Sunday, 30 August 2009

Machine embroidered bookmark

I can't do anything else on the banner until the linen arrives, so I can spend a bit of time catching up with other things. I need to put calico backs on each of the 4" rainbow squares, I ought to put loops for the pole on the back of the banner toile, and I probably should do the ironing. So I decided to make a machine embroidered bookmark instead!

I don't do much machine embroidery, and a real machine embroiderer like Michala at Kayla Coo should probably look away now, but it's fun to do for a change. As you may have gathered by now, most of my work is meticulously planned, so it's refreshing to do something freer. No marked up designs! No transfers! Not even any sketches - just make a start and see what happens.

I had a go at this bookmark a while ago, and I've never been happy with the front, though I quite liked the back. The front was trying to do too much - as well as machine embroidery it had appliqued silver kid and painted leather, and it was all too heavy for a small piece.

I decided to redo the front in a much simpler style, based on what I'd done previously for the back. Using silk satin I'd spaced dyed using Dylon Cold Bahama Blue and Turquoise Saga (if I can read my own handwriting - I wrote this down a while ago), with a piece of felt cut to shape on the back, I free-machined a series of loops along the length in Sulky 1090.

I then stiched another series of loops, rather closer together, over the top, using Sulky 1095. This then matched the back of the original bookmark.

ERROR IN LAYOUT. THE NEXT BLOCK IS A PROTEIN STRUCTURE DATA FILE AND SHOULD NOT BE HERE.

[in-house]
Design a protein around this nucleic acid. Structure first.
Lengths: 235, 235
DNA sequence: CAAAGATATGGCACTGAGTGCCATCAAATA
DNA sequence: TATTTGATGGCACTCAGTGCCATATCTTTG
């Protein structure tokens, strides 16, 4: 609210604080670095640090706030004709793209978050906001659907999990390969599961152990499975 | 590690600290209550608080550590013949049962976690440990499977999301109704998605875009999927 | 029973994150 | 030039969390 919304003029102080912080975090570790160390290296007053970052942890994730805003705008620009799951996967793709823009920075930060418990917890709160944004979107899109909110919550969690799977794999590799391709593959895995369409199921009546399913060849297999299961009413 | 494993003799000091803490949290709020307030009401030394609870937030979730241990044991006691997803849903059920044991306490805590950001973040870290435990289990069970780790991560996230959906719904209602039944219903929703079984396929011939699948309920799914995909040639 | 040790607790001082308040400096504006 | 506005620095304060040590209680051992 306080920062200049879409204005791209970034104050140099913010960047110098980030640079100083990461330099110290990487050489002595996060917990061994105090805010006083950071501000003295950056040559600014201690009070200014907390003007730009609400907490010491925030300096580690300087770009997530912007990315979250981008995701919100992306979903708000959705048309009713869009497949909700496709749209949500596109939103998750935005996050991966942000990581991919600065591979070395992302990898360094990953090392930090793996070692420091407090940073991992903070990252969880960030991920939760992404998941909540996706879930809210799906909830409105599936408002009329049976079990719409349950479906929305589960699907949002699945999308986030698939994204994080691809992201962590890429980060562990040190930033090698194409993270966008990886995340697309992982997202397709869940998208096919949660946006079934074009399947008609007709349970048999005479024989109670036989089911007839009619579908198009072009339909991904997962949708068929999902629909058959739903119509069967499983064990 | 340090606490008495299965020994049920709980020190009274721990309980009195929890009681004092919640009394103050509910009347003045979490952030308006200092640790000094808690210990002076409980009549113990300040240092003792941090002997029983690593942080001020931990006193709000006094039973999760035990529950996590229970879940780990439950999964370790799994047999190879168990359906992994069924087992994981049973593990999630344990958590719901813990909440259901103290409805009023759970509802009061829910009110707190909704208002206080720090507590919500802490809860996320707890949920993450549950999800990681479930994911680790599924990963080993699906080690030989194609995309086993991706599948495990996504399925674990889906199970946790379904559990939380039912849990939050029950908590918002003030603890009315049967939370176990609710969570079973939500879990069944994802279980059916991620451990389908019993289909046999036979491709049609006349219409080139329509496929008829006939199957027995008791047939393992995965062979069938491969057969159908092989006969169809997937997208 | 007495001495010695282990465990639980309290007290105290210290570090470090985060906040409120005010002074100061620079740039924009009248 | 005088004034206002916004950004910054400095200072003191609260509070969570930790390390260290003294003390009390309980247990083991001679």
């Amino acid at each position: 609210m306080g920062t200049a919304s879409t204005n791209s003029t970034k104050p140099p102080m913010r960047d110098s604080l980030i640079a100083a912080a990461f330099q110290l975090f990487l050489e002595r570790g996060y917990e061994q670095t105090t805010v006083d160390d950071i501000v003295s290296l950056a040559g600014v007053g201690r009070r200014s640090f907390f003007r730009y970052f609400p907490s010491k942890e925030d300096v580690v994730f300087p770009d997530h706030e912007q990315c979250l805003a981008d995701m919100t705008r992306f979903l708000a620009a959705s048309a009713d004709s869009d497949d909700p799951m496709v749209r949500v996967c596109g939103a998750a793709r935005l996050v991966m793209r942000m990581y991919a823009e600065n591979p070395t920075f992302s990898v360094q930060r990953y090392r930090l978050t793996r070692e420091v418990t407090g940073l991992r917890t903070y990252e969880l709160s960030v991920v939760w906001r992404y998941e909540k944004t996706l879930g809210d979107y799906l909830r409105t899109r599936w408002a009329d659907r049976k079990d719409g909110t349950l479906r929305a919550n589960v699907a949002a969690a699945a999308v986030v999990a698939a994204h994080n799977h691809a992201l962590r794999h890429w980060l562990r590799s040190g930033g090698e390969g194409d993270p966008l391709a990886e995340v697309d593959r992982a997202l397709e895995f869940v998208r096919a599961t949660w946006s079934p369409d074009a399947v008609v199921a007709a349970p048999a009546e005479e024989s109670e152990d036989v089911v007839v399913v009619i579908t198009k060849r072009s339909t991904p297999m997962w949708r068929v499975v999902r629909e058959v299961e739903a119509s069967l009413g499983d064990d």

The small patch of sewing at the top of the frame is a test piece, where I can make sure that what I'm planning will actually work before I have a go on the real thing. It also helps make sure I've got the sewing machine threaded up properly, and believe me, that's always worth testing!

When getting out the threads from the blue thread drawer (of course they're colour-coded!), I came across some dark turquoise lurex cord, so I laid that across the stiched loops, and couched it down using zig-zag stitch.

I then finished it off with some small circles done in zig-zag stitch again, using Sulky 7001 (silver).

For the original version, I'd made some cords and little beaded tassles, which I've reused. They're mostly made from stranded cotton dyed at the same time as the fabric, but with a small amount of silver and some soft green in. The green went a lot better with the previous one than this, but never mind, it looks ok. I then ladder-stitched the two halves together and - here it is:

I'm quite pleased with it. If I'd made it from scratch, I think I'd have made it a bit bigger, and I'd have made sure the cord matched properly, but on the whole I think it's turned out pretty well. I might make more!

1 comment:

  1. Hi Ruth. Your comment about Maltese lace on Queen Amidala's costume made me laugh out loud! Thanks. And your bookmark is great - it's so nice sometimes to just sit down and sew without planning. Sure you enjoyed it.